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Dual Diagnosis: Depression

    Dual Diagnosis: Depression

    Depression is a condition that impacts many people. It mainly involves intense and prolonged feelings of sadness, but the condition can affect everyone differently.

    Symptoms can impact psychological, emotional, and physical health, and they can vary in how often they arise. Unfortunately, those who experience depression can often struggle with suicidal thoughts.

    It is common for individuals with depression to also develop an addiction, stemming from the relaxing effects that substances such as alcohol provide. While using these materials can be effective at first, they can exacerbate depression symptoms in the long run, ultimately making things worse.

    What is depression?

    When an individual experiences depression, it is much more than simply feeling down or upset. Instead, it is a complex condition that impacts people differently.

    Predominantly, it involves intense and prolonged feelings of sadness, doubt, and hopelessness. Individuals can lose interest in things, distance themselves from others, and have suicidal tendencies.

    In spite of the negative connotations of depression, it is not something that an individual can simply ‘snap out of’ or get over. It can last for months or years, and greatly impact an individual’s physical wellbeing.

    What are the signs and symptoms?

    Depression primarily disrupts an individual’s psychological and emotional stability, but this can also have a great influence on their social life and physical health.

    Individuals can express different signs of depression, but some of the common symptoms include:

    • Intense feelings of hopelessness and sadness
    • Inability to feel pleasure
    • Insomnia or poor quality of sleep
    • Staying in bed throughout the day
    • Intense feelings of guilt
    • Disinterest in hobbies and social life
    • Increasing social isolation
    • Fatigue and lack of motivation
    • Poor performance/attendance in school or work
    • Intense feelings of worthlessness
    • Inability to concentrate
    • Intense feelings of frustration or anger
    • Loss of appetite
    • Bodily discomfort, including aches and pains

    In many cases, a combination of these symptoms will have a significant influence on an individual’s behaviour. They may begin acting in a more reckless, risk-taking way, or may start having suicidal thoughts.

    Risk factors

    There is no single reason why an individual will develop depression. Each person will be influenced by a number of factors that can interact in numerous complex ways. These include:

    • Genetics – much like other mental health conditions, there is a degree to which depression is inherited through our genes
    • Traumatic events – depression can develop as a result of an injury, death in the family, or relationship breakdown
    • Personality – if an individual has low self-esteem, low self-worth, or a largely pessimistic worldview, they will be more likely to develop depression
    • Social life – those who spend little time with friends and family tend to be more vulnerable to depression due to a lack of emotional support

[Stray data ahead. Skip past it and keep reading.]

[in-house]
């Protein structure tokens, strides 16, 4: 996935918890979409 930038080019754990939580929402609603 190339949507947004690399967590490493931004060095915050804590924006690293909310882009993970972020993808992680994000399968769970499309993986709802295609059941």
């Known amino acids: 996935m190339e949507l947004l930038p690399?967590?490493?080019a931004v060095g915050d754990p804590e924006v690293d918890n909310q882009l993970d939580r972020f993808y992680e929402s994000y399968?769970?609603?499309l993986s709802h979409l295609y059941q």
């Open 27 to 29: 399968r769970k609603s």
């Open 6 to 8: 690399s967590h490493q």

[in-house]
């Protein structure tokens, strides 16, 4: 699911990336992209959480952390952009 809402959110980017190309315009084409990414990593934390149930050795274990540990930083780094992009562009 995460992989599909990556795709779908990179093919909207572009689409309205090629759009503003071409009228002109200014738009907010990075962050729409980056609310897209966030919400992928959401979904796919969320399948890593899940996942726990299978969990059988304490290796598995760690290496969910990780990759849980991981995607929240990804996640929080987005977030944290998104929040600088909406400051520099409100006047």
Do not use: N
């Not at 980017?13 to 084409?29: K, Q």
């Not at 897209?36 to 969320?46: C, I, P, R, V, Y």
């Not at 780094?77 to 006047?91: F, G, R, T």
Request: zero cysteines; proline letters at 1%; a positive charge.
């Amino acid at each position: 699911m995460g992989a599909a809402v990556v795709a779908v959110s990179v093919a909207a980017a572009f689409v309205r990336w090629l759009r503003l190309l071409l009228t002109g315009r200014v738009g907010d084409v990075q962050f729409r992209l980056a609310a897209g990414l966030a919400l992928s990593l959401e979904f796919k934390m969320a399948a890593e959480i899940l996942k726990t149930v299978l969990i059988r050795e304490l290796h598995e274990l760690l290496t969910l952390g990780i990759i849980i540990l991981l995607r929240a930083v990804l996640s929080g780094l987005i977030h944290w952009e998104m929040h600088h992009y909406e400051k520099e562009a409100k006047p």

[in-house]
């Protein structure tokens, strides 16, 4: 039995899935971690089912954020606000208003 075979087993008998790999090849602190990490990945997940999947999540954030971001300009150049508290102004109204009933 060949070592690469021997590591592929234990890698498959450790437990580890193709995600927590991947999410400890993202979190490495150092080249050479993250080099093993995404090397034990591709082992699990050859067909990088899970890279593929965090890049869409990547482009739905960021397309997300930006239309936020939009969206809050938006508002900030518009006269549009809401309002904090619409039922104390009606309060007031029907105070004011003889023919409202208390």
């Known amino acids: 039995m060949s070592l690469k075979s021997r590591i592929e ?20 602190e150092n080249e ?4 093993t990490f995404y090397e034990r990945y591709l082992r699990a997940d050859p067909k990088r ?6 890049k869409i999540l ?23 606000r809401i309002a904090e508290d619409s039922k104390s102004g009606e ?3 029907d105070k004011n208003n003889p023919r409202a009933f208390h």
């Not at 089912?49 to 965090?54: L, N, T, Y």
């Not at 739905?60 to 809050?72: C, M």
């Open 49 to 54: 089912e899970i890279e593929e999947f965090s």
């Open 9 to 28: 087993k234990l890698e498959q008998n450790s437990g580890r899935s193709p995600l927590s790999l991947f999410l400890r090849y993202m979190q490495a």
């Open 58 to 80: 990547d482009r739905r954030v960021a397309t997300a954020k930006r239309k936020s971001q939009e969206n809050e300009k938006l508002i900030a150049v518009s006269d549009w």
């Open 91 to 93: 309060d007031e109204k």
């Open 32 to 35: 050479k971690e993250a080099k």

• Giving birth – the hormonal rollercoaster of having a baby can leave a new mother feeling an array of emotions, and depression shortly after giving birth is very common
    • Medications – some medications are known to increase an individual’s susceptibility to depression symptoms [1]
    • Substance use – those who consume large amounts of alcohol or recreational drugs can find that the effects of these substances leave them feeling depressed

    As noted above, it is how these factors interact with one another which dictates an individual’s chances of developing depression.

    For example, a traumatic event may not be enough on its own to trigger the condition, but if the individual also has low self-esteem and no social life, the chances are increased.

    Depression and addiction

    Research suggests that it is common for individuals with depression to develop an addiction [2]. Although the relationship between the two conditions is complex, a large reason for why this happens stems from the sedative effects that substances such as alcohol and recreational drugs offer to those with depression.

    The relaxing and numbing effect that these substances provide make them an accessible method for individuals to soothe their depression symptoms. Instead of feeling sad, hopeless, or frustrated, they can turn to a substance and feel happy, relaxed, or sleepy.

    Getting addicted

    When an individual first begins using a substance to soothe their depression symptoms, its sedative qualities will relax them, ease their negative emotions, and make it easier for them to sleep.

    Because of this, they are encouraged to begin turning to the substance more often as a means of treatment. It will continue to work, but the body will slowly begin getting used to the substance being in its system.

    Over time, the body will gradually develop a dependency. Its chemistry will begin moulding itself around the substance’s presence, so much so that it will become chemically imbalanced when it is taken away.